Treatment for Diabetes Bennettsville SC

Across the nation, an estimated 20 million people—7 percent of the US population—have diabetes. As many as 40 million more teeter on the edge of the illness and are classified as pre'diabetic—meaning they have insulin resistance and higher'than-normal blood sugar levels that indicate they’re heading toward diabetes. But even for pre'diabetics, the disease isn’t inevitable: Weight loss, a healthy diet, and consistent exercise can significantly cut the risk of developing diabetes.

Howard Joseph Heinze, MD
(803) 865-6008
3000 NE Medical Pk-115 Blarney Rd
Columbia, SC
Specialties
Pediatrics, Pediatric Endocrinology
Gender
Male
Education
Medical School: Med Coll Of Ohio, Toledo Oh 43699
Graduation Year: 1986

Data Provided by:
Kathie Hermayer-Dawson, MD, FACE
(803) 792-2529
PO Box 250624
Charleston, SC
Specialties
Endocrinology, Diabetes, & Metabolism
Gender
Male
Education
Medical School: Albany Medical College: MD: 1981
Graduation Year: 1981

Data Provided by:
Vijayveer Singh Pamar, MD
(864) 427-2401
408 N Duncan Byp Ste L
Union, SC
Specialties
Endocrinology, Diabetes, & Metabolism
Gender
Male
Education
Medical School: Assam Med Coll, Dibrugarh Univ, Dibrugarh, Assam, India
Graduation Year: 1993

Data Provided by:
Frank John Ferraro
(864) 455-9031
877 W Faris Rd
Greenville, SC
Specialty
Internal Medicine, Endocrinology, Diabetes & Metabolism

Data Provided by:
Ray Bauer Vaughters
(803) 648-3130
526 Richland Ave W
Aiken, SC
Specialty
Endocrinology, Diabetes & Metabolism

Data Provided by:
Laura Allison Andrews, MD
7037 Saint Andrews Rd
Columbia, SC
Specialties
Endocrinology, Diabetes, & Metabolism
Gender
Female
Education
Medical School: Med Coll Of Wi, Milwaukee Wi 53226
Graduation Year: 1999

Data Provided by:
Richard William Furlanetto, MD
(843) 792-6807
171 Ashley Ave
Charleston, SC
Specialties
Pediatrics, Pediatric Endocrinology
Gender
Male
Education
Medical School: Univ Of Chicago, Pritzker Sch Of Med, Chicago Il 60637
Graduation Year: 1973

Data Provided by:
Dr.Mayte Sandrin
(864) 560-6419
853 N Church St # 720C
Spartanburg, SC
Gender
F
Speciality
Endocrinologist
General Information
Accepting New Patients: Yes
RateMD Rating
5.0, out of 5 based on 1, reviews.

Data Provided by:
Maria F Lopes-Virella
(843) 792-1414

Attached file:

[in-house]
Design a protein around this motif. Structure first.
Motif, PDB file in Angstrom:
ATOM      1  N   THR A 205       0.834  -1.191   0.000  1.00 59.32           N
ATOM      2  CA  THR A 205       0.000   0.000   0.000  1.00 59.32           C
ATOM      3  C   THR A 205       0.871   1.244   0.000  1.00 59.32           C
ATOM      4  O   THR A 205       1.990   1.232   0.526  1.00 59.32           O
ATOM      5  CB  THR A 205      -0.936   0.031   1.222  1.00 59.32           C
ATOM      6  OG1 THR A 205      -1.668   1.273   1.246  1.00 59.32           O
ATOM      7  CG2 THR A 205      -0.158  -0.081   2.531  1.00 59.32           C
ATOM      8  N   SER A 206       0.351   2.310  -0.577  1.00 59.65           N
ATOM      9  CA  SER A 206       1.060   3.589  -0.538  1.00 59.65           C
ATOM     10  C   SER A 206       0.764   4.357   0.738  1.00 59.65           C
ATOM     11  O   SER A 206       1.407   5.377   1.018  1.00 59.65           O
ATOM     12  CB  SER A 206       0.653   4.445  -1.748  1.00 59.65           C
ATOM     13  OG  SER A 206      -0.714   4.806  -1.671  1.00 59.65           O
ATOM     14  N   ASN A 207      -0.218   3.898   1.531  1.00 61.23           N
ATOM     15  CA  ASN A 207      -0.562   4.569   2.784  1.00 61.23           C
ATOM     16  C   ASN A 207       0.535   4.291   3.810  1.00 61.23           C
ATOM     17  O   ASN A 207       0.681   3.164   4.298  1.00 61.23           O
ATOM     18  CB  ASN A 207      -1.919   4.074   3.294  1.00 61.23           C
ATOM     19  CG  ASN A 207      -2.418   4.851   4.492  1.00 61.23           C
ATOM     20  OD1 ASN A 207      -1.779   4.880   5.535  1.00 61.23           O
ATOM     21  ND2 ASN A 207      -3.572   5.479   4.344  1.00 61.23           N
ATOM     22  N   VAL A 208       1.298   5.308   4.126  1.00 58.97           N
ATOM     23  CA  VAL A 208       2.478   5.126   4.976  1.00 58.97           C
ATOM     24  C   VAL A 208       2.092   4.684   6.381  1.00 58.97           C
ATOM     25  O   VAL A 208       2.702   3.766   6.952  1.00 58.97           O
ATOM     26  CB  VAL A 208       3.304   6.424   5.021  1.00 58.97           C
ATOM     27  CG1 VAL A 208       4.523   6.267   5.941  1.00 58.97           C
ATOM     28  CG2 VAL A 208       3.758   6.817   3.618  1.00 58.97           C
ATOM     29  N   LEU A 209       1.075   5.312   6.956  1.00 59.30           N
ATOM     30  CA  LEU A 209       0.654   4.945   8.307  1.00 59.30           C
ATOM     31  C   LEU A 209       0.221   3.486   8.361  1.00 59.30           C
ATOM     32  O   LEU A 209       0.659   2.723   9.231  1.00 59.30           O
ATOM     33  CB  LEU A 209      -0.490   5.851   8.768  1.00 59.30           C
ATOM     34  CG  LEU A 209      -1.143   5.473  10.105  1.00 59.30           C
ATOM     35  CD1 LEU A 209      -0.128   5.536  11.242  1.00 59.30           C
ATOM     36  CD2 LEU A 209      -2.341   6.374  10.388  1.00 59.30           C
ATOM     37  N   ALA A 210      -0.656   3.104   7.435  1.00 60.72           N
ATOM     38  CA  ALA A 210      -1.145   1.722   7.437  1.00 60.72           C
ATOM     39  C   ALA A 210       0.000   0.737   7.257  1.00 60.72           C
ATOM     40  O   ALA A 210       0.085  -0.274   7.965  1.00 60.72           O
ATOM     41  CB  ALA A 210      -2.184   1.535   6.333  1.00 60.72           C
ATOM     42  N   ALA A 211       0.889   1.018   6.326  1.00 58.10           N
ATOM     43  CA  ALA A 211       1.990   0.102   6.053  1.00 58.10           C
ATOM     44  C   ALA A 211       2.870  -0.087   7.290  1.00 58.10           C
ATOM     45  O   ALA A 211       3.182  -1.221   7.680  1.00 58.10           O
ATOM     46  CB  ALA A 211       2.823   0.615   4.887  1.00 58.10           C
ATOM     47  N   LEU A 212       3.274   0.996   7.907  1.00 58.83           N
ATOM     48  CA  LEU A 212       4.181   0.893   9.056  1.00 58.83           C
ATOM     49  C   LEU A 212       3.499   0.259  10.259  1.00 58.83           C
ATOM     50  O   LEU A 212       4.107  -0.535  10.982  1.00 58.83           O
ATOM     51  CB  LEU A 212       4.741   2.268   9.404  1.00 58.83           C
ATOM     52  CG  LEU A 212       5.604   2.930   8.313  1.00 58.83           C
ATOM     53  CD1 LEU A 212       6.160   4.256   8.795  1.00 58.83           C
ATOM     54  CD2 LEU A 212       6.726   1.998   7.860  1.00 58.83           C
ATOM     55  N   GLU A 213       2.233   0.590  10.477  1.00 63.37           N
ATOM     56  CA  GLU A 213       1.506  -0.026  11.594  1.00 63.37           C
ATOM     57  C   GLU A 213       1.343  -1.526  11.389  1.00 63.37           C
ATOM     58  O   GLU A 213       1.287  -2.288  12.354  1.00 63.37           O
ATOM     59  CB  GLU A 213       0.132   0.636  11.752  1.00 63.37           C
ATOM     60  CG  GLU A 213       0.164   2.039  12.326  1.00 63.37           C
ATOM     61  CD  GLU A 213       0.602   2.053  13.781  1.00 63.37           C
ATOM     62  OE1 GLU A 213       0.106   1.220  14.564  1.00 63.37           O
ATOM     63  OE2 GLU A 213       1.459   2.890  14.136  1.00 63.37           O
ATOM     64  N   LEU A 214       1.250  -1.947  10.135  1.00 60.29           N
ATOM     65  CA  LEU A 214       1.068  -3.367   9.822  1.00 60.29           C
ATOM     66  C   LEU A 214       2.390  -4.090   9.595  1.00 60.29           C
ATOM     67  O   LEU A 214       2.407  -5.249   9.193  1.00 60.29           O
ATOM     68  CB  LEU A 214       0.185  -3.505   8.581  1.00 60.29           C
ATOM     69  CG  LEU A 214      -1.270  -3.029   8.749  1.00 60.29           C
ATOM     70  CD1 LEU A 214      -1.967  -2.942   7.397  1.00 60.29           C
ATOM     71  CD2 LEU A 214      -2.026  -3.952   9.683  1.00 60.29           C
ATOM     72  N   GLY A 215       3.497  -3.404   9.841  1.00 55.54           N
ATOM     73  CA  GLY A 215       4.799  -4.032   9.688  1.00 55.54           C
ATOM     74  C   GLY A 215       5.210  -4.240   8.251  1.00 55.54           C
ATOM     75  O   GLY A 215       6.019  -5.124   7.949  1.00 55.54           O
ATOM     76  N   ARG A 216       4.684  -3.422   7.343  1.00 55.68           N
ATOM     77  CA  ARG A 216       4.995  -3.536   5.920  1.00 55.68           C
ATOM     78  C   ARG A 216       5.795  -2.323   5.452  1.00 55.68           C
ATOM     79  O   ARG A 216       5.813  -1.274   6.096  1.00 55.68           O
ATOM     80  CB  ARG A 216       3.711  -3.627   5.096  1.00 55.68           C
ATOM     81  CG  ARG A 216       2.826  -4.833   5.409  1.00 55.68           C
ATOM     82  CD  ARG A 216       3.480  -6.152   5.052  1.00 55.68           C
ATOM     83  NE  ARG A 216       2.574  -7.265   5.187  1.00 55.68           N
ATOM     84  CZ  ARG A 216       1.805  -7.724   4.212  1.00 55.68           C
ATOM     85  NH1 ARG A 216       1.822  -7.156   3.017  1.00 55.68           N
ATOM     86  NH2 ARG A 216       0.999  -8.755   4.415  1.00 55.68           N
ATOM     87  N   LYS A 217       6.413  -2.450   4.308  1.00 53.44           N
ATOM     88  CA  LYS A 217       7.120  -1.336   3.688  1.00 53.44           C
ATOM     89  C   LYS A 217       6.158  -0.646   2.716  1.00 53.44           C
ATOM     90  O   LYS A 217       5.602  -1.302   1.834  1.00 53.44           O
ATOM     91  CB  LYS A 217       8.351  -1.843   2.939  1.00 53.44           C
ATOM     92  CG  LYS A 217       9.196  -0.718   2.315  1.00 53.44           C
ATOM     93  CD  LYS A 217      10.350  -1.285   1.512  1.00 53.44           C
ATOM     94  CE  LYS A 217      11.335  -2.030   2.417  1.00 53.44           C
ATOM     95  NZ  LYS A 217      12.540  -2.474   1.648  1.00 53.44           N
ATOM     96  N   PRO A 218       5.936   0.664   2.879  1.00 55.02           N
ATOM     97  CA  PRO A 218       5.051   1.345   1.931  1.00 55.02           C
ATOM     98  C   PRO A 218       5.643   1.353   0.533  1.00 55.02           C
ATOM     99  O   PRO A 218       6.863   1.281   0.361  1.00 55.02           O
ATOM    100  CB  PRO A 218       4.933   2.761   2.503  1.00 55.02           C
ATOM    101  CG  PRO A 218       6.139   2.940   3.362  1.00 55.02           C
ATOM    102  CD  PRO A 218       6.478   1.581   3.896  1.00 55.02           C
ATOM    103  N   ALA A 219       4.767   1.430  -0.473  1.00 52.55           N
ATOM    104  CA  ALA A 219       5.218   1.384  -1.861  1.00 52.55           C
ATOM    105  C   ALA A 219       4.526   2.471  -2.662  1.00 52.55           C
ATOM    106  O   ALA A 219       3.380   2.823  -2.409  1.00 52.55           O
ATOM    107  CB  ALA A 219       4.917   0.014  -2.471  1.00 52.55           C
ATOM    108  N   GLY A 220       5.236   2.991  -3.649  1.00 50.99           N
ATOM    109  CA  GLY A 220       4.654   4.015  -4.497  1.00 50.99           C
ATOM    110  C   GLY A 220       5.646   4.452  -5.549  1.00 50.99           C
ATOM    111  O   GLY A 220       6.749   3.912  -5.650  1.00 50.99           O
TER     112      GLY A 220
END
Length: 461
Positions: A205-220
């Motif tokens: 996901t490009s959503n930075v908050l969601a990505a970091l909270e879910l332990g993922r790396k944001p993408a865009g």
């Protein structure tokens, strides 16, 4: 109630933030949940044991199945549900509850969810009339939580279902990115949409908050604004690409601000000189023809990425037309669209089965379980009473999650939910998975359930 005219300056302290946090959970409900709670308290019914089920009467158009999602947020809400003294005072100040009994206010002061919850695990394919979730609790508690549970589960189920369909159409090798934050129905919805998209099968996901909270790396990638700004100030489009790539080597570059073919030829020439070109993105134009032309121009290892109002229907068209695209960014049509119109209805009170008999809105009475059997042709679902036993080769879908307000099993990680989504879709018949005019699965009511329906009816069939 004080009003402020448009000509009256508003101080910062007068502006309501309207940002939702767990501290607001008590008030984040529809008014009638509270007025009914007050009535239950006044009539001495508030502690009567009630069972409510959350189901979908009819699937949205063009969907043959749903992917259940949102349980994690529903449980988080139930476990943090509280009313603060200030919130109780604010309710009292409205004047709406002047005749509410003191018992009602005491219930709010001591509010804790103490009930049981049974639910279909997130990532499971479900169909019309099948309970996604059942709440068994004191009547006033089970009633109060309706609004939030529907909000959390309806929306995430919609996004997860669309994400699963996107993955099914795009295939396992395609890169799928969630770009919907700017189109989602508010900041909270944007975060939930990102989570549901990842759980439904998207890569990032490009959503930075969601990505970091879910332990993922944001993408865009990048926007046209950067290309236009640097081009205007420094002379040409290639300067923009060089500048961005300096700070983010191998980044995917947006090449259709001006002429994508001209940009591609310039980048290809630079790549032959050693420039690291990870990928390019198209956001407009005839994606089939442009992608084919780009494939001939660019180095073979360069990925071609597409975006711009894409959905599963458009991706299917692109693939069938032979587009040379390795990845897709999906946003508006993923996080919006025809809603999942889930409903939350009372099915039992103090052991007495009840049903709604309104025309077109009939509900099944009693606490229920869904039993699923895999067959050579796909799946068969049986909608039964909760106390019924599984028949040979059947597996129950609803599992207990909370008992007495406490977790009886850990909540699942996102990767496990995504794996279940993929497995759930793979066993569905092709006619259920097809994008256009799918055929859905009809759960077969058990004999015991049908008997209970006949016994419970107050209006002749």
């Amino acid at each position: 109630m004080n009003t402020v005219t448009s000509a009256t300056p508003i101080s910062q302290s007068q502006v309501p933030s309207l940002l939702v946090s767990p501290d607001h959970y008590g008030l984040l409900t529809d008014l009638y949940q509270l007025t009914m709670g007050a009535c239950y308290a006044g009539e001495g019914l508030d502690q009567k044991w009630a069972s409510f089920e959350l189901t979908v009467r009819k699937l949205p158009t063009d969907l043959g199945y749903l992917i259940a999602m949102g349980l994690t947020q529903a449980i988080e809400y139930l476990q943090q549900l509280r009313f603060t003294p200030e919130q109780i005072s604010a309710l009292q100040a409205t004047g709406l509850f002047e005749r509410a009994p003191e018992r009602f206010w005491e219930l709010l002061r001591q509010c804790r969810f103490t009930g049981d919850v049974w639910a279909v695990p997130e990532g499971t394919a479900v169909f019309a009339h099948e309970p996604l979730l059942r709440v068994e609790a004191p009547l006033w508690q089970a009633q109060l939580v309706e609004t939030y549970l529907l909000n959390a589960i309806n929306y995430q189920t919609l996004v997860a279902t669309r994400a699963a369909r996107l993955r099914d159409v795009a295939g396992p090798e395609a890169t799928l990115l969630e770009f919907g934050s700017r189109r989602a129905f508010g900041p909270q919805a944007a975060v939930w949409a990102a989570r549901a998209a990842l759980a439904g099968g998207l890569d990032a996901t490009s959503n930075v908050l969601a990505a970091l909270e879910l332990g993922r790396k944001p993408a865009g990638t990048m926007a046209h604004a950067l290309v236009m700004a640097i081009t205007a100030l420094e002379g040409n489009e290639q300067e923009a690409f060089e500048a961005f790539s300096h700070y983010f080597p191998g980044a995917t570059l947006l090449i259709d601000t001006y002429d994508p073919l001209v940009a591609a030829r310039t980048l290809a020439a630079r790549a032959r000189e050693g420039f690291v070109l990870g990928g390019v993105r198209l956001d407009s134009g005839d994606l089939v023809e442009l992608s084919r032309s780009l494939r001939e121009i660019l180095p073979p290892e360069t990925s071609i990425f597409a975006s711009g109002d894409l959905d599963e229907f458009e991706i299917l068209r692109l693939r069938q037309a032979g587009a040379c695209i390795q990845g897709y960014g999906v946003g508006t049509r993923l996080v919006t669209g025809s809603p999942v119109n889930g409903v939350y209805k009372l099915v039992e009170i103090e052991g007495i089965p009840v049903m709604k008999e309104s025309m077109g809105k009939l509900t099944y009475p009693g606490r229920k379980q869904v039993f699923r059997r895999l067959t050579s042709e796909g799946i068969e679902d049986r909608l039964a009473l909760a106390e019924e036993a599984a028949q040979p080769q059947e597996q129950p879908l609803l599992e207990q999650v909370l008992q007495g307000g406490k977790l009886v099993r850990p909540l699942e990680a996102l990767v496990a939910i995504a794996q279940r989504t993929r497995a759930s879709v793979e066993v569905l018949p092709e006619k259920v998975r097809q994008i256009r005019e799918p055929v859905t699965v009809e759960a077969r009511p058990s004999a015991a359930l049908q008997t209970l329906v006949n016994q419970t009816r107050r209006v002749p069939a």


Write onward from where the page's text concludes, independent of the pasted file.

171 Ashley Ave
Charleston, SC
Specialty
Endocrinology, Diabetes & Metabolism

Data Provided by:
Stanley Edward Von Hofe, MD, FACE
(864) 455-9031
225 Fairview Ave
Greenville, SC
Specialties
Endocrinology, Diabetes, & Metabolism
Gender
Male
Education
Medical School: Vanderbilt: MD: 1971
Graduation Year: 1971

Data Provided by:
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Heal Thyself - Beating the Sugar Blues

Provided by: 

By Mike Faden

Across the nation, an estimated 20 million people—7 percent of the US population—have diabetes. As many as 40 million more teeter on the edge of the illness and are classified as pre-diabetic—meaning they have insulin resistance and higher-than-normal blood sugar levels that indicate they’re heading toward diabetes. But even for pre-diabetics, the disease isn’t inevitable: Weight loss, a healthy diet, and consistent exercise can significantly cut the risk of developing diabetes.

Research also suggests certain herbs can help regulate blood glucose levels by boosting production of insulin or by slowing the absorption of sugar from the intestine. Along with lifestyle modifications, consider adding the following plants to your medicine cabinet to help keep your blood sugar in check. But before you do, consult your healthcare professional.

II Gymnema (Gymnema sylvestre)
Also called gurmar, or “sugar destroyer,” the leaves of this woody climbing plant are traditionally used in ayurvedic medicine to treat high blood sugar. Several studies confirm long-term use of the herb holds promise in lowering blood glucose levels. In one 47-person trial conducted in India, blood glucose levels fell by nearly a third, on average, in type-2 diabetic patients given 400 mg of gymnema extract for a year and a half. David Winston, an herbalist in Washington, New Jersey, and coauthor of Herbal Therapies and Supplements: A Scientific and Traditional Approach (Lippincott, 2001) suggests 5 ml of tincture, three to four times a day.

II Cinnamon (Cinnamomum cassia)
Researchers at the Department of Agriculture kicked off the current wave of interest in the use of cinnamon for diabetes when they found that a constituent in the spice improved cells’ sensitivity to insulin. A 2003 follow-up study published in Diabetes Care asked 60 type-2 diabetics to take 1, 3, or 6 grams of cinnamon in capsules or a placebo each day for 40 days. The cinnamon group reported a drop in blood levels of glucose, fats, and cholesterol of up to 30 percent. Karta Purkh Singh Khalsa, a registered herbalist in Eugene, Oregon, and author of Body Balance (Kensington, 2004), recommends 6 to 10 grams a day in capsules. Additional studies show other forms of cinnamon may also prove helpful, including tea brewed from 3 grams of ground cinnamon bark a day (and drunk throughout the day), or a dash of the ground spice—1/2 to 11/2 teaspoons—in food each day.

II American ginseng (Panax quinquefolius)

The research supporting ginseng’s efficacy is “among the best available for herbs,” says Ryan Bradley, a diabetes specialist at the Bastyr Center for Natural Health near Seattle. Ginseng is an adaptogenic herb with a broad range of healing and protective effects, and it may fight diabetes in several ways. Researchers think components called ginsenosides stimulate cells within the pancreas to make more insulin. American ginseng may also help the body remove glucose from the blood and slow i...

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